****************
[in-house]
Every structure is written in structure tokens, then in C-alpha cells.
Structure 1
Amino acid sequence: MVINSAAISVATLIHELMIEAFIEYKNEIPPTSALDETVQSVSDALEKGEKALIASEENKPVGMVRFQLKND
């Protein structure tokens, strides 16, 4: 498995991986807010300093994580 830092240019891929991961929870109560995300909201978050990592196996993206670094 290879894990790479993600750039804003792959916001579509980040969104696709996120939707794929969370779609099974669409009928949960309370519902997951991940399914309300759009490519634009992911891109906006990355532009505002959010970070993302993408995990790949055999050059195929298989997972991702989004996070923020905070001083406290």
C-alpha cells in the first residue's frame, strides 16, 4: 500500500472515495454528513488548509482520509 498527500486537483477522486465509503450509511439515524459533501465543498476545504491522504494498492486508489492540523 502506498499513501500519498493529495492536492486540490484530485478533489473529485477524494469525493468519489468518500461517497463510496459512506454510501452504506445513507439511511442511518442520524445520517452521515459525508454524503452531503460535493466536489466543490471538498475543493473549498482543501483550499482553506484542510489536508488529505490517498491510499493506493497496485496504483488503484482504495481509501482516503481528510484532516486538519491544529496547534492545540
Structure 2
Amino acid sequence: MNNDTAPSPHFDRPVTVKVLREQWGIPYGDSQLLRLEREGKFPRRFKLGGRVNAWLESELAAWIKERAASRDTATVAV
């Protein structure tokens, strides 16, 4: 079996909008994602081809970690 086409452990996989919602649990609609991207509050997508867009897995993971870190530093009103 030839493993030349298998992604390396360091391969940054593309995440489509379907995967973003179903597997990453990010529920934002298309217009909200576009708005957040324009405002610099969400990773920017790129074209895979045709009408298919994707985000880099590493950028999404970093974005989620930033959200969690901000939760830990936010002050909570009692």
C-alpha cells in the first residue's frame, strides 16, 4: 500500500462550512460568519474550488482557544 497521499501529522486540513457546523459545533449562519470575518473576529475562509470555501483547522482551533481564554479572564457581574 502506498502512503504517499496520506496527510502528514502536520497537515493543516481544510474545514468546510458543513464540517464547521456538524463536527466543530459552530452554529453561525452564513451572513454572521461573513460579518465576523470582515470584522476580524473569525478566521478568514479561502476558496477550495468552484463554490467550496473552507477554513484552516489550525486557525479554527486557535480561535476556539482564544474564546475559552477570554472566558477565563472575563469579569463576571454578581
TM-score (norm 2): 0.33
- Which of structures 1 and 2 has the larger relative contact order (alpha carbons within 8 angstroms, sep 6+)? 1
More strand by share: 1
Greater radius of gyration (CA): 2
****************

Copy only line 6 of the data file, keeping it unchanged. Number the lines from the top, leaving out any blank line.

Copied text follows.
C-alpha cells in the first residue's frame, strides 16, 4: 500500500472515495454528513488548509482520509 498527500486537483477522486465509503450509511439515524459533501465543498476545504491522504494498492486508489492540523 502506498499513501500519498493529495492536492486540490484530485478533489473529485477524494469525493468519489468518500461517497463510496459512506454510501452504506445513507439511511442511518442520524445520517452521515459525508454524503452531503460535493466536489466543490471538498475543493473549498482543501483550499482553506484542510489536508488529505490517498491510499493506493497496485496504483488503484482504495481509501482516503481528510484532516486538519491544529496547534492545540